The July issue of Applied Arts Magazine marks Canada’s 150th anniversary with special content focussing on Canada at 150. We are honoured to have the work of Form:Media and Ekistics Plan & Design featured as a case study looking at two place branding projects that recognize and remember Canada’s past.
Form:Media and Ekistics Planning & Design are proud to announce that our work for Batoche National Historic Site received a People’s Choice award in the Experiential Graphic Design category of Azure Magazines’ AZ Awards. 2017 was the inaugural year for a new Experiential Graphic Design category of the 7th annual AZ Awards.
DETAIL magazine is an issue based publication devoted to a specific constructional theme and provides a comprehensive treatment of the subject. For many professionals, DETAIL is one of the world's most influential architectural publications. Imagine our excitement when we were asked to contribute our work for Batoche to the online database.
Our architecture and landscape project at Batoche National Historic Site in Saskatchewan continues to receive attention, this time from the influential [ArchDaily] web site.
Just in time for the Canada 150 celebrations, our work at Batoche tells the story of the Métis, one of Canada's indigenous cultures. Batoche is the heartland of the Métis nation; the physical, cultural, and political home of the Métis people.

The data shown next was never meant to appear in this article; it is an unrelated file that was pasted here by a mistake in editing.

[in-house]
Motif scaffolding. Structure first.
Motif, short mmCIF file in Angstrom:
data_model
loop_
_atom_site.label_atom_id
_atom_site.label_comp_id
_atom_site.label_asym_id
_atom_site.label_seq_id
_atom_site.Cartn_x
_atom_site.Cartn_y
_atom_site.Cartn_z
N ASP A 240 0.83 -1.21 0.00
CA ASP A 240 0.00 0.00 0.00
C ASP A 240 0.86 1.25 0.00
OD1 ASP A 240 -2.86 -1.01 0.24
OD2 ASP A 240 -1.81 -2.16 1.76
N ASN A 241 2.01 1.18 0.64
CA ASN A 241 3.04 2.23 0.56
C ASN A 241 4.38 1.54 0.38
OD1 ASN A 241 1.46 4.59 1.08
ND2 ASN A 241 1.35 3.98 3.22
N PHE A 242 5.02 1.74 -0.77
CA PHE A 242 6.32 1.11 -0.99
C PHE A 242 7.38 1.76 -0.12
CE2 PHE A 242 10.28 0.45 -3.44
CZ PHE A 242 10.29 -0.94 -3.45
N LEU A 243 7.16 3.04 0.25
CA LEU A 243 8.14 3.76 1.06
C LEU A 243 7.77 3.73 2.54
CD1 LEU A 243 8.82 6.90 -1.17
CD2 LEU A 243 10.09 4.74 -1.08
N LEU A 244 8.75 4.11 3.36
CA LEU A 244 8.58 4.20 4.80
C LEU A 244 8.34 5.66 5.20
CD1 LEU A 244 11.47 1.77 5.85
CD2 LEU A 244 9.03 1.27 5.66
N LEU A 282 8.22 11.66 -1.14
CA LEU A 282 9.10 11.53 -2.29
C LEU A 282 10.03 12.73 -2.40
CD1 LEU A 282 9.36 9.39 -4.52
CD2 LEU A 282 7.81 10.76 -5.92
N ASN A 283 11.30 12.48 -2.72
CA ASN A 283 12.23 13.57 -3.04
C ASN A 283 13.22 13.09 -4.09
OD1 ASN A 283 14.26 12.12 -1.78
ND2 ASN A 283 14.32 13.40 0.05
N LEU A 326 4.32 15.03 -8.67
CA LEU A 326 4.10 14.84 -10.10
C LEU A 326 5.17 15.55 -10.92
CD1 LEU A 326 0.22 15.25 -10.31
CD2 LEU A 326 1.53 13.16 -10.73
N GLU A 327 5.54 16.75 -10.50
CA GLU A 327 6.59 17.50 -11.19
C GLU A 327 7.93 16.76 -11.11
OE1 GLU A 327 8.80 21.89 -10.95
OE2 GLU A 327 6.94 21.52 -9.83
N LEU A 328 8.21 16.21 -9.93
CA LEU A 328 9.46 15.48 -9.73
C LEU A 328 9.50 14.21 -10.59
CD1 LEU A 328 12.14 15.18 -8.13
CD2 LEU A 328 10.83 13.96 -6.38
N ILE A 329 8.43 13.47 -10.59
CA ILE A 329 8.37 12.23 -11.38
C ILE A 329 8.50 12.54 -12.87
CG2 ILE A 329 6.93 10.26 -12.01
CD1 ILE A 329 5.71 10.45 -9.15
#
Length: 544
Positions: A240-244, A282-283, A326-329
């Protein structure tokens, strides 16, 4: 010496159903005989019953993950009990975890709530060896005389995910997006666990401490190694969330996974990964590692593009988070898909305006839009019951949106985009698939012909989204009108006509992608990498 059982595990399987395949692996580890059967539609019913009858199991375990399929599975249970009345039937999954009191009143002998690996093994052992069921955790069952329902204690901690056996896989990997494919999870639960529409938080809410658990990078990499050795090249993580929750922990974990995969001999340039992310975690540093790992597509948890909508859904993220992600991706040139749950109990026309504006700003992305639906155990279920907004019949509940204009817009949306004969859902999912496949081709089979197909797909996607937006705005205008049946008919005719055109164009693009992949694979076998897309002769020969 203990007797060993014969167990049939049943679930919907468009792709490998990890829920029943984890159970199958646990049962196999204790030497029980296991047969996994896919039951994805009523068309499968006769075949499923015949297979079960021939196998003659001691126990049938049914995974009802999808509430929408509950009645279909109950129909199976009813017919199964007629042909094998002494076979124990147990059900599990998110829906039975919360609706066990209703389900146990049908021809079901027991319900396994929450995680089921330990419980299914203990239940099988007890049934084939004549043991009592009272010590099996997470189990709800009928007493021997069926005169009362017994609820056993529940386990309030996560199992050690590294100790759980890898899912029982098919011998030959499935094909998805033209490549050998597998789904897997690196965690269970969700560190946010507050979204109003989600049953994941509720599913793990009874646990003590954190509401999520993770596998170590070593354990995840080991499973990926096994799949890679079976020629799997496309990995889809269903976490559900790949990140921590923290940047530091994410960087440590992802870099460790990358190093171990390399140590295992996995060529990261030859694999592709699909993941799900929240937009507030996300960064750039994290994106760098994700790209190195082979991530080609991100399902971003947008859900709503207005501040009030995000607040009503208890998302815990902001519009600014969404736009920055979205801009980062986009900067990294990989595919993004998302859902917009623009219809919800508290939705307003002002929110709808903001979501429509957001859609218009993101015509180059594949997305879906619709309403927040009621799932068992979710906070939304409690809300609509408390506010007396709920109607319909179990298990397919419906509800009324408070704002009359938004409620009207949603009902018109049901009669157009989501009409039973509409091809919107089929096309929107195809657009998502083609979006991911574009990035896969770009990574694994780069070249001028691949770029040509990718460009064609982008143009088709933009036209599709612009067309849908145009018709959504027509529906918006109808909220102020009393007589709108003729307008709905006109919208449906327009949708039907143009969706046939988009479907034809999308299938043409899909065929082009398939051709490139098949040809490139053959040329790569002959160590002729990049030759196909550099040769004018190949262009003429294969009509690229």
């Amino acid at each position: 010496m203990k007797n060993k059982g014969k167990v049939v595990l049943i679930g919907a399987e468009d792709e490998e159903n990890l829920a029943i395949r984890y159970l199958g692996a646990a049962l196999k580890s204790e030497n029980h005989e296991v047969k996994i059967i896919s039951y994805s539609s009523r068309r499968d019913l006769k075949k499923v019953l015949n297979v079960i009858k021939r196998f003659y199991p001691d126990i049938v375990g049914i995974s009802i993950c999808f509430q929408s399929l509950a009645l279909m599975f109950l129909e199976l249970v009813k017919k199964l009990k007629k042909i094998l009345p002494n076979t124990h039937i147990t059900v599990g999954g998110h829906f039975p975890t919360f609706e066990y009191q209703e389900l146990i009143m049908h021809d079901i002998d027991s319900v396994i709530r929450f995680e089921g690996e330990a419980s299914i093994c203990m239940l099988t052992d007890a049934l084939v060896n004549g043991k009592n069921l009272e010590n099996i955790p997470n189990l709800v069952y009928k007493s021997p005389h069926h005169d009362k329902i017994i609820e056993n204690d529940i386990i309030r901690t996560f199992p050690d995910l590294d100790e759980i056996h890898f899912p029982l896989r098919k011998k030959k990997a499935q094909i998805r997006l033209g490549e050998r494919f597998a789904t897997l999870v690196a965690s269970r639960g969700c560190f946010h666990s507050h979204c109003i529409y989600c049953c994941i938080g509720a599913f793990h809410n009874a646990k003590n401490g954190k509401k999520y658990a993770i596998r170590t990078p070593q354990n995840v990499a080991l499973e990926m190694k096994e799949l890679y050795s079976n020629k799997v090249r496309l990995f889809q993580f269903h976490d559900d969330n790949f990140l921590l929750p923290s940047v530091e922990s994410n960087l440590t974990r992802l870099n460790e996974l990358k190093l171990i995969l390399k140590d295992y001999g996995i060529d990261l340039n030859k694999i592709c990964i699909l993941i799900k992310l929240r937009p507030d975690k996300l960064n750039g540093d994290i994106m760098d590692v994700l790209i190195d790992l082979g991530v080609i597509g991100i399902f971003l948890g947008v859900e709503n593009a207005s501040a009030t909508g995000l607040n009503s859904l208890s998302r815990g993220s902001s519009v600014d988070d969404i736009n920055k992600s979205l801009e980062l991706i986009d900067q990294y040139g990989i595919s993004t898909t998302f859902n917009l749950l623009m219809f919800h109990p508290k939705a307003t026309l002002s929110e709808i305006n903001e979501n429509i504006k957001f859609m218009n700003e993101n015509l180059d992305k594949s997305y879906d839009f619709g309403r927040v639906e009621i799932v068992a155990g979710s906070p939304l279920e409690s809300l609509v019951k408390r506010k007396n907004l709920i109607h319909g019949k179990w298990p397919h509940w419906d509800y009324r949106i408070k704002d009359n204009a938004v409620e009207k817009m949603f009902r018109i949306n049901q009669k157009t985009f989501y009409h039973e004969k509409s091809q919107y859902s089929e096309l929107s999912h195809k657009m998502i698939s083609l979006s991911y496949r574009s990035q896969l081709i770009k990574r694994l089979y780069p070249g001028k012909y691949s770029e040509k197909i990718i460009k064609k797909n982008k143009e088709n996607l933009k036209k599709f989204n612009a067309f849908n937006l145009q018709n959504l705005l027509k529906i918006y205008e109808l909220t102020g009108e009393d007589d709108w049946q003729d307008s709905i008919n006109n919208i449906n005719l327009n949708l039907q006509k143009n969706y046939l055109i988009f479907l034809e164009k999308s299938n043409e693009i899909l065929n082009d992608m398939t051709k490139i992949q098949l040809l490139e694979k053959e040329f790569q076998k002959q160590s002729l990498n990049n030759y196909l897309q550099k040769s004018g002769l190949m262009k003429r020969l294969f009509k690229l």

Recently, AZURE Magazine wrote an article about an interactive, outdoor interpretive interpretive environment developed for Batoche National Historic Site (Parks Canada), in Saskatchewan, Canada. For Form:Media and sister company Ekistics Planning & Design, this project is an example of the seamless collaborative effort of interpretive planners, architects, landscape architects, and graphic designers working together to interpret an important cultural landscape.
Ekistics and Form:Media were well represented in the Fall 2016 issue of Landscapes-Paysages, the Canadian Society of Landscape Architects’ (CSLA) quarterly publication. The theme of this issue was ‘Time’—a matter that informs all of our projects, whether we’re investigating and interpreting a site’s history; considering the physical effects of time on the landscape; programming a site and understanding how a space will be perceived at different times of day or over the course of the year.
Rob LeBlanc, John DeWolf and Sandra Cooke have each contributed an article to the issue, which can be viewed here.
To coincide with the International Mountain Biking Associations’ Take a Kid Mountain Biking Day, Parks Canada unveiled a new sign program: instructional signs aimed at teaching families how to enjoy mountain bike trails, and a new interpretive program that highlights the rich natural and cultural heritage of the area.